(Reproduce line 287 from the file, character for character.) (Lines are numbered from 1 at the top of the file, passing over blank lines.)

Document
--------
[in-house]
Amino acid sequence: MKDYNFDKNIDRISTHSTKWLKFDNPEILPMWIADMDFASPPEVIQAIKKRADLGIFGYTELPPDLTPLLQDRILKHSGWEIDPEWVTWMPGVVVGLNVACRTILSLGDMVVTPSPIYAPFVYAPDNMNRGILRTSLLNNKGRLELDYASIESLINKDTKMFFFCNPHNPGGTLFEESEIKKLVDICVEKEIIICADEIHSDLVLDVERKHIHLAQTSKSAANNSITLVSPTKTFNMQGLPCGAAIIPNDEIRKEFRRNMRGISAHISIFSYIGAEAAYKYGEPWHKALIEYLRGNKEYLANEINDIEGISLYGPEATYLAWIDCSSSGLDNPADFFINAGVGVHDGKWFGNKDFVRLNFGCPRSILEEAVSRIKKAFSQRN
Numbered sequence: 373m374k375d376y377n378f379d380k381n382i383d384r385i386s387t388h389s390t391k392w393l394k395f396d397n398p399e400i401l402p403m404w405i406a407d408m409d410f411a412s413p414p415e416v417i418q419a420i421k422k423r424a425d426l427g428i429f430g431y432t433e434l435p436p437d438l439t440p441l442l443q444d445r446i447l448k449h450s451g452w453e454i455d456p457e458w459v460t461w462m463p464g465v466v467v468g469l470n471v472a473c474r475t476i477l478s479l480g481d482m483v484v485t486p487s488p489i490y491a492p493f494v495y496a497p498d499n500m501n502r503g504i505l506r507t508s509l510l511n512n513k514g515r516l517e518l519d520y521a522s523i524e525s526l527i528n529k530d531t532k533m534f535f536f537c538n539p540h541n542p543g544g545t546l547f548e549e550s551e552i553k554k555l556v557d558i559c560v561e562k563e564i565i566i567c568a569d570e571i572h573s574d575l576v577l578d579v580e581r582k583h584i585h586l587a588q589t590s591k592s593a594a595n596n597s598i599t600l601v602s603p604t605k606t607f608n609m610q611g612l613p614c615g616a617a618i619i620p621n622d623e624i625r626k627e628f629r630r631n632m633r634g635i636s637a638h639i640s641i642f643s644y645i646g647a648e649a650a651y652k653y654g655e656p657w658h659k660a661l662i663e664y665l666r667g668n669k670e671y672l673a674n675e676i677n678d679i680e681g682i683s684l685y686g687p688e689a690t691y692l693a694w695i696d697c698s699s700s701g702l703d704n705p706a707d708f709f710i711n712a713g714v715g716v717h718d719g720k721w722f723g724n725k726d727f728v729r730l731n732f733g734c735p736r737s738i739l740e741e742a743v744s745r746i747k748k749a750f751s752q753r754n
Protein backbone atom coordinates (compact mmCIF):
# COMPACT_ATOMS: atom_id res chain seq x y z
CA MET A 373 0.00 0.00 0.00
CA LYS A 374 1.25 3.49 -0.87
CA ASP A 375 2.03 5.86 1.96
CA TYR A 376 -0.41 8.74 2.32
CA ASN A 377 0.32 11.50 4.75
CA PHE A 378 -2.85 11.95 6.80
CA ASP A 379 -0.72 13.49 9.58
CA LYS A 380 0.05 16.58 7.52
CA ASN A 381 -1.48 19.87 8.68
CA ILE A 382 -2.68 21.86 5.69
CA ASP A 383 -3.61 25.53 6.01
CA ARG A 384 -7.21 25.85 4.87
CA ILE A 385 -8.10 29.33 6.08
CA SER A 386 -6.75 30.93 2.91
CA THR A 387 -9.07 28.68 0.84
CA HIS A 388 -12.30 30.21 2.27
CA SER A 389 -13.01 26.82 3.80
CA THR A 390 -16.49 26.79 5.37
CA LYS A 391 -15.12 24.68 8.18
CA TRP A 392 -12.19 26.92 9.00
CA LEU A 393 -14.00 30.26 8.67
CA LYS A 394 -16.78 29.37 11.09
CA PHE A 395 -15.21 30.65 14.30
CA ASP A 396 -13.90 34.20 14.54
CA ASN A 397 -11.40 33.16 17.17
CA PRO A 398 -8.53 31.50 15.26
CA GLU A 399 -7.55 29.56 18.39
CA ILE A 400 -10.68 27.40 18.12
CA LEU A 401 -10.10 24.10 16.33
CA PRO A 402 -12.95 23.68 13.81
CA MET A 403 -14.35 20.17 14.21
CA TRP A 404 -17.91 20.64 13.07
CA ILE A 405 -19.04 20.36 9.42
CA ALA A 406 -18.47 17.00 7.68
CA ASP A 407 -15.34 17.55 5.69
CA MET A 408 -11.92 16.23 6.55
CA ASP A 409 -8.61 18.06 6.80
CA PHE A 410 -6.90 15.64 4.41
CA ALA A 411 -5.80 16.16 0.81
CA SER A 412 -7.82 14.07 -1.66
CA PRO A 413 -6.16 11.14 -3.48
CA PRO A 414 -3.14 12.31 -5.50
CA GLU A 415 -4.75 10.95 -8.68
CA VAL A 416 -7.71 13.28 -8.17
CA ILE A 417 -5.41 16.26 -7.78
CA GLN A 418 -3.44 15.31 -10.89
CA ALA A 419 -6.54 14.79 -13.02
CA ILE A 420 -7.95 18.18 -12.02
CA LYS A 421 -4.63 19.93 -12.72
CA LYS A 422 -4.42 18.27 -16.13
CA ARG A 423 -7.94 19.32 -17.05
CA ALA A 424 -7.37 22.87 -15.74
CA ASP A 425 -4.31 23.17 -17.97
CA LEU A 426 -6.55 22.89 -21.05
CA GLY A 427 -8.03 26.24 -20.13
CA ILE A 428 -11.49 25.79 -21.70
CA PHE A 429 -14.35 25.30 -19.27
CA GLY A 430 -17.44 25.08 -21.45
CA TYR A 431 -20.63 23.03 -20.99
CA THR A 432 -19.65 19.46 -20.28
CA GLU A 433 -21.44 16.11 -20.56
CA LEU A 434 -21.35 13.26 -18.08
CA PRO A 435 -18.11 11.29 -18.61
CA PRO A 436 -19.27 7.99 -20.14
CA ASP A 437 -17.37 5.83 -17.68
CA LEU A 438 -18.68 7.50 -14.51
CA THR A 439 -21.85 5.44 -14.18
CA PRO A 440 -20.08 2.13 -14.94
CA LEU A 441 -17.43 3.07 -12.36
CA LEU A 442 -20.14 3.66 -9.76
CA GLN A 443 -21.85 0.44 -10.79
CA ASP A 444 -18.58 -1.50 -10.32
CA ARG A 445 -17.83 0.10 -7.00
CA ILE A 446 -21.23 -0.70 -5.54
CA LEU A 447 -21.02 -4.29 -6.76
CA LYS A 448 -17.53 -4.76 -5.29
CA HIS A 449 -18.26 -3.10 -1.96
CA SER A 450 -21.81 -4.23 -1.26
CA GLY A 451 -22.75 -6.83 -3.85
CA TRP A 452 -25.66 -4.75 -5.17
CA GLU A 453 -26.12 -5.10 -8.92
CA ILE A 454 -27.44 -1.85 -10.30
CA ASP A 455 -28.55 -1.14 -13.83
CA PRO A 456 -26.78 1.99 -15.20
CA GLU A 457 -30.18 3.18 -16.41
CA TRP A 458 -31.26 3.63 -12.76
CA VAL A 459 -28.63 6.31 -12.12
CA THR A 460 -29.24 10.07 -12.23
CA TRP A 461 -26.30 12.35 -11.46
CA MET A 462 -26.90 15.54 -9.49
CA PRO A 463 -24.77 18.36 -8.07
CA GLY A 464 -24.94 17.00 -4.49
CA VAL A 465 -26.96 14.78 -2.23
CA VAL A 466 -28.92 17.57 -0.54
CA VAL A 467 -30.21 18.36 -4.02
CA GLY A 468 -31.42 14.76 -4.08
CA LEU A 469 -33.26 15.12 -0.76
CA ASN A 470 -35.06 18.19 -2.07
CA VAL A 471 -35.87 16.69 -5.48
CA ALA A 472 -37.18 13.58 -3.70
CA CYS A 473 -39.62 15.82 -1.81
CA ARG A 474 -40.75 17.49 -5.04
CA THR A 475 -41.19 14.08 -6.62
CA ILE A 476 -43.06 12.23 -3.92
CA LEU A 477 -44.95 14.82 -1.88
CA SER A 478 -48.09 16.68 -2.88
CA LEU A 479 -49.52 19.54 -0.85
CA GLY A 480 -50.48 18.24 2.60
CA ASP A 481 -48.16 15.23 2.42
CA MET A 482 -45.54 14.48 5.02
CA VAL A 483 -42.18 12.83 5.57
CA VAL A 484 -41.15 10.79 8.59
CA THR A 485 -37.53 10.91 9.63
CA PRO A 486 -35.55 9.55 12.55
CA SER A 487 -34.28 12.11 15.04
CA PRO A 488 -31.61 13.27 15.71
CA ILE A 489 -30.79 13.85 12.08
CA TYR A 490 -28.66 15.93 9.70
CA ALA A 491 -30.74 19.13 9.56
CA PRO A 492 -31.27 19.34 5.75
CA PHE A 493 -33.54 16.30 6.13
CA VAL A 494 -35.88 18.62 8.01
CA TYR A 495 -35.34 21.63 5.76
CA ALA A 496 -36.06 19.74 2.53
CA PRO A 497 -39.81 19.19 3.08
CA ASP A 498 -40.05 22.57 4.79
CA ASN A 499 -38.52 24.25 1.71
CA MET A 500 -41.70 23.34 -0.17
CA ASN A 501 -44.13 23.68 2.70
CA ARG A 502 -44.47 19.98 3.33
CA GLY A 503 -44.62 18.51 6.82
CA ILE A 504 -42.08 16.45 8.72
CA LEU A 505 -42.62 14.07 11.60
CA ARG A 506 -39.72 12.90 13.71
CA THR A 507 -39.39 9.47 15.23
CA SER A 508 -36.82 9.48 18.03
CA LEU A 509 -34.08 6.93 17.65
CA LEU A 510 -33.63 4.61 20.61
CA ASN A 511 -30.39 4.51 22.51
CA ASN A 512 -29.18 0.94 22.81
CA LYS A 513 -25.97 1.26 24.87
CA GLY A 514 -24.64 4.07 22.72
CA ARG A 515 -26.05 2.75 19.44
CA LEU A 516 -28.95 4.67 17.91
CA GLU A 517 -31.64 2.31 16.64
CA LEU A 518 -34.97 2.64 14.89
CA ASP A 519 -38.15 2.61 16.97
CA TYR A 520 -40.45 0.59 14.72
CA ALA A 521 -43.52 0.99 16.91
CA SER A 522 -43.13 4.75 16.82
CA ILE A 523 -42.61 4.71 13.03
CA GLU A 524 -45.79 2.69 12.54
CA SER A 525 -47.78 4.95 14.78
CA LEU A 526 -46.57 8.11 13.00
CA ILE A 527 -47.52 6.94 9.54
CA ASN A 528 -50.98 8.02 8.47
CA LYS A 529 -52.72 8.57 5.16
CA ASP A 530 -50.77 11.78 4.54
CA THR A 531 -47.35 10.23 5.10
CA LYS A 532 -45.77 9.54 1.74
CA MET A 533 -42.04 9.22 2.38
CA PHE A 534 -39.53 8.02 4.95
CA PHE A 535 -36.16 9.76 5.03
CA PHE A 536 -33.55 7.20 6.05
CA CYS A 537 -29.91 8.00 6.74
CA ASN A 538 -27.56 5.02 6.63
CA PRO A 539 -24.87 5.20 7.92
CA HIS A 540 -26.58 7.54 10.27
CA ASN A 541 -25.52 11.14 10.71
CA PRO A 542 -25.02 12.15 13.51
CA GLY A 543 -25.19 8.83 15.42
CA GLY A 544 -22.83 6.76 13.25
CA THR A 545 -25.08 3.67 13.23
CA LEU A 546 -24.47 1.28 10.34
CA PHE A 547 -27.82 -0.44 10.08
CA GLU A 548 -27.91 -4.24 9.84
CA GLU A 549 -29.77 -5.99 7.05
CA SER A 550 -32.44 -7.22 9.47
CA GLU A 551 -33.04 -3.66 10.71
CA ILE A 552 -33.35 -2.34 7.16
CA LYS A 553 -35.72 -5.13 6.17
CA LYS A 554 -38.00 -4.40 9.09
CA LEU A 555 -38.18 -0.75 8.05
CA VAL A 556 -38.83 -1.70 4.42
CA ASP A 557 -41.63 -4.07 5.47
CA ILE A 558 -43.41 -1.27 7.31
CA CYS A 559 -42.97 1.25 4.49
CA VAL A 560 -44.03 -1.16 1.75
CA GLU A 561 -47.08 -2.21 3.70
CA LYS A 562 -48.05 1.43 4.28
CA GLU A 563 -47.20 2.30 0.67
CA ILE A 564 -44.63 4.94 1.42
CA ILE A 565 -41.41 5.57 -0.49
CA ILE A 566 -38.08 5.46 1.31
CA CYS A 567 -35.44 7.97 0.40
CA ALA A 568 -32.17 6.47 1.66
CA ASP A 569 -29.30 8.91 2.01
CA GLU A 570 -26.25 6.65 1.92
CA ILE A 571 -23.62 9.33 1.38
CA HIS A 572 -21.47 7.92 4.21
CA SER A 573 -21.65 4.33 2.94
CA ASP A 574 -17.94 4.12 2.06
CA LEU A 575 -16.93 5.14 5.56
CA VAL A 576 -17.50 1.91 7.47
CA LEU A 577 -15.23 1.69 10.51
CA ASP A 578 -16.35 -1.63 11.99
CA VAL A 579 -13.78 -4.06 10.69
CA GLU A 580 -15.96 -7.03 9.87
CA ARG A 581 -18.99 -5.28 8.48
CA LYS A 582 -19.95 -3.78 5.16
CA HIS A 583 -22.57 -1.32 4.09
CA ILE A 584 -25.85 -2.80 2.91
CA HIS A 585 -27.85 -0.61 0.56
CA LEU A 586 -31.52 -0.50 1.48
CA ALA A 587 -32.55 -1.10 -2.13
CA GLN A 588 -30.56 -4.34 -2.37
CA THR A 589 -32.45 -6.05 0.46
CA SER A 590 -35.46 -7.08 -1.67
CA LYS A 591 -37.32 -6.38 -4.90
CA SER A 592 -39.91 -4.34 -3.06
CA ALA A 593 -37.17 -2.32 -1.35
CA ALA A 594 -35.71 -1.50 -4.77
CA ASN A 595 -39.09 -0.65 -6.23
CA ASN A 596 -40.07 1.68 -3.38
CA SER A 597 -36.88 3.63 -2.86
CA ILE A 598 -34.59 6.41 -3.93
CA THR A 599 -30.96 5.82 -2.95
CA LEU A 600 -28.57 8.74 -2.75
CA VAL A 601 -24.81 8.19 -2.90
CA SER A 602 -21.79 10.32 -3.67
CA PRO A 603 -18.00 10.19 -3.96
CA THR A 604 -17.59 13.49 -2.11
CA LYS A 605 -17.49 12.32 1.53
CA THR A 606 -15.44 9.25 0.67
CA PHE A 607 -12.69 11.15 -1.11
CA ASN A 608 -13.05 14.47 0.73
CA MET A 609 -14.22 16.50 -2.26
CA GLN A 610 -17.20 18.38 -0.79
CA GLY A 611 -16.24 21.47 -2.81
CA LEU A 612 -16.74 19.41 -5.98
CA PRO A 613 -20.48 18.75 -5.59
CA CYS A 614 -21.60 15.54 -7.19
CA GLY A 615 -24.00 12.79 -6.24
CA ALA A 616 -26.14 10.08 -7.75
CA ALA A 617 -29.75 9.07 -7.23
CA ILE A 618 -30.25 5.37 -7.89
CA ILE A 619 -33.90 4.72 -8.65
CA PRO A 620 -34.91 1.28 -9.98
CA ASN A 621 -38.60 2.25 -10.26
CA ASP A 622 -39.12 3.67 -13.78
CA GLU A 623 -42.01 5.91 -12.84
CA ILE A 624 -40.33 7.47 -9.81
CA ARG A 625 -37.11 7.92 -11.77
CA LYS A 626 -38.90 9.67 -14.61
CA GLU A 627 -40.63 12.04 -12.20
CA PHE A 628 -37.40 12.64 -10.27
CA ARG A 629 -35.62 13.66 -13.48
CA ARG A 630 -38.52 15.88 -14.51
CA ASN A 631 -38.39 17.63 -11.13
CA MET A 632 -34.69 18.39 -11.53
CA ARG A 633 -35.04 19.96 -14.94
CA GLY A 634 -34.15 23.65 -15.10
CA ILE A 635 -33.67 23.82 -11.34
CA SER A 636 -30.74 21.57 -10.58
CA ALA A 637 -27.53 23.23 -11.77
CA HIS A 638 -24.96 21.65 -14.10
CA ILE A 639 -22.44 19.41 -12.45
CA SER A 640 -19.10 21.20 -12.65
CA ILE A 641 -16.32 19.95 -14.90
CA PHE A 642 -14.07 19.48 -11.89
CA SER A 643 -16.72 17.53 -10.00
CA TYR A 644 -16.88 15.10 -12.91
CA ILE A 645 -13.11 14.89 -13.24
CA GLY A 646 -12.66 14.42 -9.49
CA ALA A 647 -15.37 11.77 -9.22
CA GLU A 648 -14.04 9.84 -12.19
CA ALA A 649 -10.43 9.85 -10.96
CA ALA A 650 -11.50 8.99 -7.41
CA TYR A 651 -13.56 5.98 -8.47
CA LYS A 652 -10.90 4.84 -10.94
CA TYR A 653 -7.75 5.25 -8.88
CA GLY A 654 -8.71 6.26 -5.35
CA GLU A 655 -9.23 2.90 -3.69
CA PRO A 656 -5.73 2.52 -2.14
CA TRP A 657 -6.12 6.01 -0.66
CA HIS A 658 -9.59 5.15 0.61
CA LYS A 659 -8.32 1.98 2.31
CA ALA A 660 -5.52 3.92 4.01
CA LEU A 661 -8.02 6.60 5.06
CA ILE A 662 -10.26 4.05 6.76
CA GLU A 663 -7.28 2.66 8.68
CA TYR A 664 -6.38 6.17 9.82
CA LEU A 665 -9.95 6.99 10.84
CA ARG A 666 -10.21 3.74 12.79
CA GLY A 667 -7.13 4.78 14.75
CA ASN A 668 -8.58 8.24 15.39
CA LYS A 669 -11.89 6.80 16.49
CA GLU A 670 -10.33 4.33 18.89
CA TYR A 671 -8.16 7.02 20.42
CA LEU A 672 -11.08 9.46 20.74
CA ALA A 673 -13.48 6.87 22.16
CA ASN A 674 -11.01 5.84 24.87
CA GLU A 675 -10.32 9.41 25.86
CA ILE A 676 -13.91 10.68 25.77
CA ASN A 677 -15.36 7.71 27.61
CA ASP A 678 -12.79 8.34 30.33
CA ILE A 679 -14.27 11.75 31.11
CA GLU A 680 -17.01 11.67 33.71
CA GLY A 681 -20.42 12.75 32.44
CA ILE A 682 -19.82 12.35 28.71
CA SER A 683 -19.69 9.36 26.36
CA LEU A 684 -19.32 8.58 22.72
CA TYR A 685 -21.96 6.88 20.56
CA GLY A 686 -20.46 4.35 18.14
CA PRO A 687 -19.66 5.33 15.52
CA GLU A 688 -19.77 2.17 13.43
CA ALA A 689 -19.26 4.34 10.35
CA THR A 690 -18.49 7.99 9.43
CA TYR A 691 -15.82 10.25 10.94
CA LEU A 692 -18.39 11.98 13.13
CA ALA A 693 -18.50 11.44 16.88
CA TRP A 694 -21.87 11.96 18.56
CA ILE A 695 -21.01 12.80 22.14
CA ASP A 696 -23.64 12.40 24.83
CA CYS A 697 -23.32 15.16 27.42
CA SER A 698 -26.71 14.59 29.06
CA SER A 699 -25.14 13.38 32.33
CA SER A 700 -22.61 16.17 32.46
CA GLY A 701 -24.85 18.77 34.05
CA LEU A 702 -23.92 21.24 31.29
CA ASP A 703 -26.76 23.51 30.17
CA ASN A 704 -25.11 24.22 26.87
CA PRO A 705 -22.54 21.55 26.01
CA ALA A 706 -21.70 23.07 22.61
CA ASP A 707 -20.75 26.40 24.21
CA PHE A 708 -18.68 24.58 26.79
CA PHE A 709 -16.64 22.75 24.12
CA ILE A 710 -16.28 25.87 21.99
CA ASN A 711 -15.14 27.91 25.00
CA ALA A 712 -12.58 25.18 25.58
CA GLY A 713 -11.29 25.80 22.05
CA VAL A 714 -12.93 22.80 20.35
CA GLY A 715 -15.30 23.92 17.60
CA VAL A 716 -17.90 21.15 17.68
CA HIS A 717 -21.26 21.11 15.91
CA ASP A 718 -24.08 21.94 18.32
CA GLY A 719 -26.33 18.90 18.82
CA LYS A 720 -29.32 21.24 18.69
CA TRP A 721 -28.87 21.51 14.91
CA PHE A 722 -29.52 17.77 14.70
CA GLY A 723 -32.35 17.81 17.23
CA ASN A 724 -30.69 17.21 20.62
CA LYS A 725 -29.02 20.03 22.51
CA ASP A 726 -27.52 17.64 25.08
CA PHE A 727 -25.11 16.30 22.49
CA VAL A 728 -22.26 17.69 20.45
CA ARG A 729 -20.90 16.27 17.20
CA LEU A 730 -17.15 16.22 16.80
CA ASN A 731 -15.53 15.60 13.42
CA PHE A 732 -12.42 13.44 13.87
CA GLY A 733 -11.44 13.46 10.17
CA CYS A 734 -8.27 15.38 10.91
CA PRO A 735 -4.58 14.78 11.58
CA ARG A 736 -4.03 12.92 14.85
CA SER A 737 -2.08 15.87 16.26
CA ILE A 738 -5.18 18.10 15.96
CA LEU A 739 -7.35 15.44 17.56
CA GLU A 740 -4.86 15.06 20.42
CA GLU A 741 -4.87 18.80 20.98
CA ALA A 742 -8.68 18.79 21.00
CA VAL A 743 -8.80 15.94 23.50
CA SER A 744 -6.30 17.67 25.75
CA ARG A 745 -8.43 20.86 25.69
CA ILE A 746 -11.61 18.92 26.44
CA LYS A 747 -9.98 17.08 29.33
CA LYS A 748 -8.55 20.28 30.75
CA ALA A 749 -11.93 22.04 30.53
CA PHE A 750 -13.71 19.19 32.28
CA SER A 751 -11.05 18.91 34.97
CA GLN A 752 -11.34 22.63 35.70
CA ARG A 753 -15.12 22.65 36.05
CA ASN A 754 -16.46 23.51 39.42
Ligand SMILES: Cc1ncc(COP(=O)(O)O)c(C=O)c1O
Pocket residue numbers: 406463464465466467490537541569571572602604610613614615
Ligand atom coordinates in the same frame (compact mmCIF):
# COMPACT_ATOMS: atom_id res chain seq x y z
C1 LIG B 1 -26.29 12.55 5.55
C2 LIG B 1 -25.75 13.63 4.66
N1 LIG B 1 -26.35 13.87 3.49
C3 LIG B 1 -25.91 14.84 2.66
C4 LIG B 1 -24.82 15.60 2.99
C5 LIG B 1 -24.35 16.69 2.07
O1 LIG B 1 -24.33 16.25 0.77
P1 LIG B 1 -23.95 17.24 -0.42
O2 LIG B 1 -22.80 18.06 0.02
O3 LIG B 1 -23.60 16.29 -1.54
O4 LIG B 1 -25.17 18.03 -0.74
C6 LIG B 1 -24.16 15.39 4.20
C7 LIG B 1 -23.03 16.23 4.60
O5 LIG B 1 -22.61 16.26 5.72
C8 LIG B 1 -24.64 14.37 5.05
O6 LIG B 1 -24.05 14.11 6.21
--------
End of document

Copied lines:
CA GLY A 654 -8.71 6.26 -5.35